December 18, 2014

Northwest Florida Business Briefs - Nov 2006

Charlotte Crane | 11/1/2006

ESCAMBIA COUNTY -- More than 70% of voters in the Sept. 5 election supported a 10-year extension of the half-cent sales tax for school improvements. Generating about $20 million a year, the tax is used for school repairs and construction.
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County government's 390 employees will complete a move by year-end to the new $30-million Escambia County Government Center, which occupies an entire city block in downtown Pensacola and has twice the space of the Escambia County Courthouse it replaces. The original courthouse, dating from the 1890s and listed on the National Register of Historic Places, could become a museum.

MADISON COUNTY -- Voters this month will decide whether to add a half-cent local sales tax to raise money to replace Madison's 54- year-old hospital.

MILTON -- SerWiz Solutions, a subsidiary of India-based Tata Sons Ltd., is partnering with TRX to take over customer care operations for TRX travel clients at Milton and in Reno, Ohio. At Milton, SerWiz now employs 170 of the center's 270 employees, with plans to hire 50 more by early 2007.

OKALOOSA/SANTA ROSA -- Voters in both counties rejected proposals for a 1-cent sales tax increase. In Okaloosa, 68% of voters rejected the tax, which had been expected to raise $235 million over fi ve years, with 58.5% designated for the county and the rest to be divided among the county's nine municipalities. The proposed Santa Rosa tax, targeting road improvements and estimated to provide $183 million over 10 years, was rejected by 52% of voters.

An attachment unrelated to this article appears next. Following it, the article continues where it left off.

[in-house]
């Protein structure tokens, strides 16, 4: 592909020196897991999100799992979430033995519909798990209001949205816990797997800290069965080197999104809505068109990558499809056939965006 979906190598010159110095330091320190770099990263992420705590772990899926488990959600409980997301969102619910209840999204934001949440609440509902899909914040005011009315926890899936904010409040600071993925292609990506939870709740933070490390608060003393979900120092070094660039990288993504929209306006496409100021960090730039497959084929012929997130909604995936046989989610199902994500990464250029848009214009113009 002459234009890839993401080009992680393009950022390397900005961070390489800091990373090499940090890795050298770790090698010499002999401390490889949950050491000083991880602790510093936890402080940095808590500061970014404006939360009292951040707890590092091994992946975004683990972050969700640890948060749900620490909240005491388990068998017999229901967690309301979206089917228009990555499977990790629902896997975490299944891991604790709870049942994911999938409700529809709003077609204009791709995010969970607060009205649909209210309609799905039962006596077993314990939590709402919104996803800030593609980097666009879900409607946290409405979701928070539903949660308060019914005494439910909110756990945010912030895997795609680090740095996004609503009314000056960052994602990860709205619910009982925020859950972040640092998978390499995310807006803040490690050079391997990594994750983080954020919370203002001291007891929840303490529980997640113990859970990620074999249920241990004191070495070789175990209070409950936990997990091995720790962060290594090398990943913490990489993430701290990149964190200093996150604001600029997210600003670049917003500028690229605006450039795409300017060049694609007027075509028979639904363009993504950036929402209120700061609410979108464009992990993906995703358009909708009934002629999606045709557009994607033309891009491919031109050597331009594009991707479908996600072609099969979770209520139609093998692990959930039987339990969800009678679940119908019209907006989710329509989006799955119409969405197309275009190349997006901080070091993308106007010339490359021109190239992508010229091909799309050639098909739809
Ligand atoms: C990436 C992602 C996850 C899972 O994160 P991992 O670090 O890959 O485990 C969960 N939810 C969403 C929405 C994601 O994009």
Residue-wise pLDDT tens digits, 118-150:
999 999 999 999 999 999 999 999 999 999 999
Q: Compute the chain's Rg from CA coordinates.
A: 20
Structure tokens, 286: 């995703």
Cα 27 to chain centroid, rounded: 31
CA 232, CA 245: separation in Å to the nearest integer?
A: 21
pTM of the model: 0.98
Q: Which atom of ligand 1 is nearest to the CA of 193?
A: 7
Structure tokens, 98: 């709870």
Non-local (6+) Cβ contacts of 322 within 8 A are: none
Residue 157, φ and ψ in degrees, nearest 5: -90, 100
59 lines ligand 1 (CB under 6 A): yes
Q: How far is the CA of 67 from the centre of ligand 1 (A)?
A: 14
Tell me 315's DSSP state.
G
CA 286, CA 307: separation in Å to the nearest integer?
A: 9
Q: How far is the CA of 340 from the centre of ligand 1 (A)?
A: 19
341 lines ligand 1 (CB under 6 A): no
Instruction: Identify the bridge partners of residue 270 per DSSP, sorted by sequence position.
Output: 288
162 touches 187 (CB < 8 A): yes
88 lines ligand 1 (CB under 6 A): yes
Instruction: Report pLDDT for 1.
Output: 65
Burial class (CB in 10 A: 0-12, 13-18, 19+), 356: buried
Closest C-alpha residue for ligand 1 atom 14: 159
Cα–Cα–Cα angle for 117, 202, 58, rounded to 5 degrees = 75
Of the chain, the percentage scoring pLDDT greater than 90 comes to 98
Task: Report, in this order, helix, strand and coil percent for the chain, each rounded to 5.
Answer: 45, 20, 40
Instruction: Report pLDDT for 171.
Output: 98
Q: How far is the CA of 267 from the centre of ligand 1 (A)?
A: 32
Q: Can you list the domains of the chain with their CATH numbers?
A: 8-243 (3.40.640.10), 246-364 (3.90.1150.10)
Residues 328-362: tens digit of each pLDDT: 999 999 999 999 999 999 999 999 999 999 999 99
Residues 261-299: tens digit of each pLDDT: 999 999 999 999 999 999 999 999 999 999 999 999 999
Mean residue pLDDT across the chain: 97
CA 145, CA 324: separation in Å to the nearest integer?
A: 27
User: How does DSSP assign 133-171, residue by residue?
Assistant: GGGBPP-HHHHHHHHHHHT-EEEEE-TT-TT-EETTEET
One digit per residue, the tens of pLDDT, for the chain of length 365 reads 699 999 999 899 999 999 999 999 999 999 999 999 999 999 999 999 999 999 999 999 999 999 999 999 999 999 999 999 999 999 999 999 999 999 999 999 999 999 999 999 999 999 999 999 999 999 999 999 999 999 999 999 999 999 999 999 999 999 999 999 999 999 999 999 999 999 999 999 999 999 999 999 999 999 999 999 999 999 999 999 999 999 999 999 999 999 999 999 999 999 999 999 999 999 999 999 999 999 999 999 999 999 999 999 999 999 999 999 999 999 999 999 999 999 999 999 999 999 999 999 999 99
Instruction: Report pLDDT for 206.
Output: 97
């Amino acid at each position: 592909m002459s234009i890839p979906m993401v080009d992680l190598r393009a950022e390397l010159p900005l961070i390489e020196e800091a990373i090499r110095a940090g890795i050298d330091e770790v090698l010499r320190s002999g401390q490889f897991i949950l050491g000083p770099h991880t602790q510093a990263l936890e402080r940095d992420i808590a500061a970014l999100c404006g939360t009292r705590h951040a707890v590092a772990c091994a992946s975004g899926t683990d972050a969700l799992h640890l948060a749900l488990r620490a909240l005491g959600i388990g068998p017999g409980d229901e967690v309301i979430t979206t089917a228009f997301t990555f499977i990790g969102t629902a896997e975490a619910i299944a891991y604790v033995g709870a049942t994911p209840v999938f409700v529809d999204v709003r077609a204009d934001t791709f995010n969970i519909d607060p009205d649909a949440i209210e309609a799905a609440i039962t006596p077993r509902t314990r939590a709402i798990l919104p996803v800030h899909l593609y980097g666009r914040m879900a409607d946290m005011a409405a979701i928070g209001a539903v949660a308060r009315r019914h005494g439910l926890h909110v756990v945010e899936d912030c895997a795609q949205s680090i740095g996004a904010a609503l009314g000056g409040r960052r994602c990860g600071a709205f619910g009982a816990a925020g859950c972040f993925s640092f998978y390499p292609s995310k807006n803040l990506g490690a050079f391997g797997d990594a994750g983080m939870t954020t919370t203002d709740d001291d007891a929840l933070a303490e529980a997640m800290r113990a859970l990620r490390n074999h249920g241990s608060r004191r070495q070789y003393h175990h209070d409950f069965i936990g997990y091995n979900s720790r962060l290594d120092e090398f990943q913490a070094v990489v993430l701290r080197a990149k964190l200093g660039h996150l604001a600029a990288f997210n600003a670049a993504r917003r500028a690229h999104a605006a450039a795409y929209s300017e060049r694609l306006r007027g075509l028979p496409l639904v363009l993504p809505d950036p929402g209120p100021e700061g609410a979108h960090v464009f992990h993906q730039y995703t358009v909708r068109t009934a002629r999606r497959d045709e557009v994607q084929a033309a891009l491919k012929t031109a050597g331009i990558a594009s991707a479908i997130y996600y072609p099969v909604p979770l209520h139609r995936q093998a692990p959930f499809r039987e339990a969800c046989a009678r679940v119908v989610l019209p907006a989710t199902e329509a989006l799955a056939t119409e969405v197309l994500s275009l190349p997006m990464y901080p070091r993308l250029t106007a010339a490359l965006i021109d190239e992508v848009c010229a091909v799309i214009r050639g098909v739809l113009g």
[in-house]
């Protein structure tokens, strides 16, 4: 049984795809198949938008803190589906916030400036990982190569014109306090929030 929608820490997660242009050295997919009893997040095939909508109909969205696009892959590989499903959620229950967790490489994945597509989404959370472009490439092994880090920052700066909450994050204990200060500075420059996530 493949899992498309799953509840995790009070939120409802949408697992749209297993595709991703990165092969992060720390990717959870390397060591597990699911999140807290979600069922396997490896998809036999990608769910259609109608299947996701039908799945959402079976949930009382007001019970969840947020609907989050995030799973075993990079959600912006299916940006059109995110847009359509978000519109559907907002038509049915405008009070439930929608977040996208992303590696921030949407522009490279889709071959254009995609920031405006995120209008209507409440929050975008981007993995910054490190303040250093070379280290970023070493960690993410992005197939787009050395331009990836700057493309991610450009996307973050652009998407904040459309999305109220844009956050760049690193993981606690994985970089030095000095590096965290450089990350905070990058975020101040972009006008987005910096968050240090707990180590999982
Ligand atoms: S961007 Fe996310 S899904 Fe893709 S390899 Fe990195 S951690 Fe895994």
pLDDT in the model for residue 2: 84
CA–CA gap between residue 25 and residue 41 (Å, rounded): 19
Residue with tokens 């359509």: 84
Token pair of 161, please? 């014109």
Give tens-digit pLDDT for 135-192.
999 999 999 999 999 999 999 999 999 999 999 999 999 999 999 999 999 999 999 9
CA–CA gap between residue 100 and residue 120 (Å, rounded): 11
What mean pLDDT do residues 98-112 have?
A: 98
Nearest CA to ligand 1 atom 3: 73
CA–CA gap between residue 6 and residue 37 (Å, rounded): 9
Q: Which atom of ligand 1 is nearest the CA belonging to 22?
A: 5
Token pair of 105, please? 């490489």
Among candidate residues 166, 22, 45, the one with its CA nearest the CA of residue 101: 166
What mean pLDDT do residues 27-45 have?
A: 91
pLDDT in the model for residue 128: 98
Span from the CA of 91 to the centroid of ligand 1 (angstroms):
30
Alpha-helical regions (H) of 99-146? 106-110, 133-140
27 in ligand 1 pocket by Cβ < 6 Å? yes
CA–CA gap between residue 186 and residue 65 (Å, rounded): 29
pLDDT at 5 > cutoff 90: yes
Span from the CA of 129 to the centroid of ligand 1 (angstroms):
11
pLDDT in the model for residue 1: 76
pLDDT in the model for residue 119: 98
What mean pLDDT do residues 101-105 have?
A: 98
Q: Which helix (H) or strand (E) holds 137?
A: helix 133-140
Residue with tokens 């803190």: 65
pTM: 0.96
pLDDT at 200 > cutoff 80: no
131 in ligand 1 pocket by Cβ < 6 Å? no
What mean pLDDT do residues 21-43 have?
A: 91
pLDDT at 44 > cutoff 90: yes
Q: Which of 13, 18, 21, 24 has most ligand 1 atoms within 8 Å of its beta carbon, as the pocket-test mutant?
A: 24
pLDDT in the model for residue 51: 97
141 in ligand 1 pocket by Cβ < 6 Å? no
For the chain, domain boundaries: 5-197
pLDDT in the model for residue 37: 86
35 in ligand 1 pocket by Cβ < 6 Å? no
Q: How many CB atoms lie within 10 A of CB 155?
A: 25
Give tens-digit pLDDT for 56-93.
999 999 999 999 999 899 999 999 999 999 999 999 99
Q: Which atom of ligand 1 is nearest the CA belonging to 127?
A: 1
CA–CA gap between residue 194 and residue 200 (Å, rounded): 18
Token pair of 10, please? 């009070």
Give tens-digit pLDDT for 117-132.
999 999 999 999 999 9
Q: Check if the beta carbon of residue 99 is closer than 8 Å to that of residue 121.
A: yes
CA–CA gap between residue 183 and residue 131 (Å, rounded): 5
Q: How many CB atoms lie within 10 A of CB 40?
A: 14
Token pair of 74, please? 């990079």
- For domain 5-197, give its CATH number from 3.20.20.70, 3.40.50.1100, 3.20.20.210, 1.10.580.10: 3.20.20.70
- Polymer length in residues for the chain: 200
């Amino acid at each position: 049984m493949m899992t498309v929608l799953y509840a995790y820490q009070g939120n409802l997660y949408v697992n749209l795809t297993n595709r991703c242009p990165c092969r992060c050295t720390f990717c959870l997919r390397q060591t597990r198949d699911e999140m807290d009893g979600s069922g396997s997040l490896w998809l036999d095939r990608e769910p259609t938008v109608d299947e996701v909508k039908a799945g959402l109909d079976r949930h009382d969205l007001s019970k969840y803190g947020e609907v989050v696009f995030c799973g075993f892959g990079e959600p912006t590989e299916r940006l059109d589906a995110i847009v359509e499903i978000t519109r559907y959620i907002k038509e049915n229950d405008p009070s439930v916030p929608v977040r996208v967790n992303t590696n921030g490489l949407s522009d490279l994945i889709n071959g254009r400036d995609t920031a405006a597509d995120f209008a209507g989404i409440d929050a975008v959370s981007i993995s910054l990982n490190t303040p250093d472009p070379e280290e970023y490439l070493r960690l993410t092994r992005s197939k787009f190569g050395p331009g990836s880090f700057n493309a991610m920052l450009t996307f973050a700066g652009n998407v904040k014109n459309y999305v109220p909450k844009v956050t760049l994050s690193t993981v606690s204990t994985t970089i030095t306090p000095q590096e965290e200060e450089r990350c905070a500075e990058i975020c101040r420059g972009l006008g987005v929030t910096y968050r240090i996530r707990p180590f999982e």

PACE -- Taminco, a Belgium methylamines producer, has purchased amines facilities of Air Products and Chemicals Co. at Pace and in Louisiana and Brazil. The buyer said no job losses or benefi ts changes are contemplated at the 77-employee Pace plant. Air Products, meanwhile, will continue to operate its liquid hydrogen terminal and research business at Pace, which employs 85.

PENSACOLA -- University of West Florida board of trustees president and UWF alumnus K.C. Clark and his wife, Lori, of St. Petersburg, have contributed $100,000 to UWF's underwater archeology program, one of only four such programs at U.S. universities.

TALLAHASSEE -- An exasperated Leon County circuit judge ordered a summary judgment in the dispute between Florida State University and star chemistry professor Robert Holton, who synthesized the popular cancer drug Taxol. Judge Janet Ferris ordered FSU to give back Holton's $11-million gift for construction of a chemistry building on campus, yet rejected Holton's claim of control over an $18.5-million lab account. Ferris expressed frustration at the failure of both sides to mediate the dispute and at the mountain of documents attorneys submitted to her. According to the Tallahassee Democrat, Ferris admitted, "I tried to read as much of this as I could, but I didn't read all of it."
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General Motors has installed Florida's first E-85 ethanol pump in the capital city. The September installation was the first of 17 planned for Inland Food Stores in north Florida over the ensuing eight months. The stations will begin serving an estimated 65,000 Floridians owning flex vehicles, able to burn either regular gasoline or E-85 fuel. The fuel is 85% ethanol, made from corn, and 15% gasoline.

WALTON COUNTY -- Regional Utilities donated 400 acres east of Freeport for the county to build affordable housing. The county named a board of directors to a new non-profit corporation, the Walton County Workforce Housing Corporation, to oversee construction of up to 1,500 homes, with an average price of $130,000. Regional Utilities CEO Dewey Wilson says the project will help its employees and others who can't afford to live where they work in South Walton.

Tags: Big Bend, Northwest

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